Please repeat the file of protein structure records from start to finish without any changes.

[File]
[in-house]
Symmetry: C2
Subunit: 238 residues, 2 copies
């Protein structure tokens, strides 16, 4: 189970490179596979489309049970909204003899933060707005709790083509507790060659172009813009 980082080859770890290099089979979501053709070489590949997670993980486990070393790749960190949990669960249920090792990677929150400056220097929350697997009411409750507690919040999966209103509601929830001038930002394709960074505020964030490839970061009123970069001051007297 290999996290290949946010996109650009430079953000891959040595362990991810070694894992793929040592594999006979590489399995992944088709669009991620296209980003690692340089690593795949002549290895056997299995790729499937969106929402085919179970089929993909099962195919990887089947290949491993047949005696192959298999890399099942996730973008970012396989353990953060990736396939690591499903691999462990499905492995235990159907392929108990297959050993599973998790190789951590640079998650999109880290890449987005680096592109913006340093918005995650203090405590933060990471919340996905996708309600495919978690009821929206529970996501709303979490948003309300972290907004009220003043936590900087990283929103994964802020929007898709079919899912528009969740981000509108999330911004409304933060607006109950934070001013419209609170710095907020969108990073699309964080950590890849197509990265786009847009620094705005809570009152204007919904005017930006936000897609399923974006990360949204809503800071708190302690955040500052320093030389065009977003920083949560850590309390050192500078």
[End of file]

[in-house]
Symmetry: C2
Subunit: 238 residues, 2 copies
């Protein structure tokens, strides 16, 4: 189970490179596979489309049970909204003899933060707005709790083509507790060659172009813009 980082080859770890290099089979979501053709070489590949997670993980486990070393790749960190949990669960249920090792990677929150400056220097929350697997009411409750507690919040999966209103509601929830001038930002394709960074505020964030490839970061009123970069001051007297 290999996290290949946010996109650009430079953000891959040595362990991810070694894992793929040592594999006979590489399995992944088709669009991620296209980003690692340089690593795949002549290895056997299995790729499937969106929402085919179970089929993909099962195919990887089947290949491993047949005696192959298999890399099942996730973008970012396989353990953060990736396939690591499903691999462990499905492995235990159907392929108990297959050993599973998790190789951590640079998650999109880290890449987005680096592109913006340093918005995650203090405590933060990471919340996905996708309600495919978690009821929206529970996501709303979490948003309300972290907004009220003043936590900087990283929103994964802020929007898709079919899912528009969740981000509108999330911004409304933060607006109950934070001013419209609170710095907020969108990073699309964080950590890849197509990265786009847009620094705005809570009152204007919904005017930006936000897609399923974006990360949204809503800071708190302690955040500052320093030389065009977003920083949560850590309390050192500078």